There is nothing more exciting and nerve wracking than choosing a college and declaring a major. High school seniors have had to make these monumental decisions with the pandemic in mind. This is especially true for teenagers debating if they should enter a career in the performing arts. However, local seniors have taken this added pressure in stride and have ended up gaining a newfound perspective on their passion for theatre.
Samuel Scriven is a senior at Leon High School and an active member of the Tallahassee performing arts scene. Since the pandemic, Scriven has learned the vital role that theatre plays in his life. “Theatre, while it stacked my schedule, made me more productive and increased my energy. Without it, my motivation slipped, and I had to find busywork to keep moving. Getting small doses of the theatre life during this time rekindled sparks of what used to be, so I know that I couldn’t leave it behind.”
This realization made Scriven determined to attend a school in New York City in order to further his love for theatre, leading him to commit to Fordham University. “I’ve wholly affirmed myself that theatre is a passion I intend to pursue, and thus, finding a college in the heart of New York became a large desire.”
However, the hiatus from theatre has made other students rethink the future they envisioned for themselves pre-pandemic. Lily Zuehlke is a senior at Lawton Chiles High School and has been an avid member of the Tallahassee theatre community since childhood. For the past several years she dreamed of seriously pursuing the performing arts. After committing to Florida State University for college, she was faced with choosing a major. While she was considering her options, she was concurrently coming to terms with a pandemic induced separation from an art form she held close to her heart.
“Theatre as a whole was forced to stop. Instead of worrying about preparing for the International Thespian Society State Festival, which was promptly cancelled, I found myself fearing for the lives of my loved ones,” Zuehlke states. It would be almost eight months until Zuehlke would be able to perform again, but this abrupt cutoff allowed her to look at her relationship with theatre from a different angle. “I realized that in my personal case, attaching the stress of a career to something I purely found joy in would take the joy away from it.”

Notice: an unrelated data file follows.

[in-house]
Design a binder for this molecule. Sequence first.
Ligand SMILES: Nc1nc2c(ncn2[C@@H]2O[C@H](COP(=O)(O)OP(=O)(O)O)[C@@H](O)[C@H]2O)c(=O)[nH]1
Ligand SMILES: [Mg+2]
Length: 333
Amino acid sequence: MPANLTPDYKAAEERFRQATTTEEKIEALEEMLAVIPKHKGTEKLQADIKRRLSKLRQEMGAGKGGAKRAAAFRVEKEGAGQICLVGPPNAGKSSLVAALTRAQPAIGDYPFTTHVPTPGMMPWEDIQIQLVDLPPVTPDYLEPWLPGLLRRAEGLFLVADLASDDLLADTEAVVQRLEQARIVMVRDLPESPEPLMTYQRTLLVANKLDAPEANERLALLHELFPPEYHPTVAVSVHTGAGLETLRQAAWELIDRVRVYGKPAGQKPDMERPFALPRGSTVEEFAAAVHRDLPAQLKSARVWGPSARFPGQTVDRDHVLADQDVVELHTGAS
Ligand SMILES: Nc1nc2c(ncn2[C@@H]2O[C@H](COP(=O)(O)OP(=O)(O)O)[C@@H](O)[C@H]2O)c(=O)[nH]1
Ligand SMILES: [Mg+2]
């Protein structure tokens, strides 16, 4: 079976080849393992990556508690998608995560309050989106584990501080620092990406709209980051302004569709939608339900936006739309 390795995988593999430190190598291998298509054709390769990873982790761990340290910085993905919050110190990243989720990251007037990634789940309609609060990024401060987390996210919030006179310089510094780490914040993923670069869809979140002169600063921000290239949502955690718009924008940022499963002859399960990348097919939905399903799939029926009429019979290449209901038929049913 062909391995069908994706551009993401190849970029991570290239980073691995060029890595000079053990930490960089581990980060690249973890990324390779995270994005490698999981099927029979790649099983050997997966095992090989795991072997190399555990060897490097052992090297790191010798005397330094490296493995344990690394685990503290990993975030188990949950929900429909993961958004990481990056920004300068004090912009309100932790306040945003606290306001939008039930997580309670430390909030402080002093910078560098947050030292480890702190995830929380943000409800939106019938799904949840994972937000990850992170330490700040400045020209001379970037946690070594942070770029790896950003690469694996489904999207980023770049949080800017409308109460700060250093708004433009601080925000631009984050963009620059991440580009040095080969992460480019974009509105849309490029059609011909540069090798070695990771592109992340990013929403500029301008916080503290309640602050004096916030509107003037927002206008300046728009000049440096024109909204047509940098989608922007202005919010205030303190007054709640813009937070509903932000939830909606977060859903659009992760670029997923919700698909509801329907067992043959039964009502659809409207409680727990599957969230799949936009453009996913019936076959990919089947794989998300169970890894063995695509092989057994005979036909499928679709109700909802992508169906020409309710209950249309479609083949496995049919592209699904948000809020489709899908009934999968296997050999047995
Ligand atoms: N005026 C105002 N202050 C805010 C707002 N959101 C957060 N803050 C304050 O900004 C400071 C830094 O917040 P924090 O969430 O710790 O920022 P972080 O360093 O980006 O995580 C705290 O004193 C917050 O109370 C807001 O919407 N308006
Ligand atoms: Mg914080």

Ultimately, Zuehlke decided she did not want to pursue a career in theatre; however, this bittersweet realization provided a renewed love for the artform. “I believe that this break strengthened my relationship with theatre overall. I now have a more full understanding of the role theatre and the arts play in my life. This understanding has allowed me to enjoy my current arts experiences even more.”
As a high school senior myself, I empathize with those who are having to make these kinds of decisions during such a challenging time. Regardless of the path anyone chooses, the arts will always hold a special place in our lives and be a marker of a historic moment in our collective past. Through theatre, I have not only grown as an artist, but also as a student and an individual. It has taught me to improvise when my original plans go astray and to collaborate with others in order to create something beautiful. As long as we treasure these values of creativity and collaboration we will be able to thrive in even the most difficult seasons of life.
Anna Maguire is a senior at Lawton Chiles High School and a student extern with COCA. She’s a big theater kid and when she’s not at rehearsal, you can find her at any coffee shop, hanging with her cat Coconut, or in a courtroom with her mock trial team. She'll be attending New York University this fall and is excited to explore arts and culture in Italy at the NYU Florence campus during her freshman year.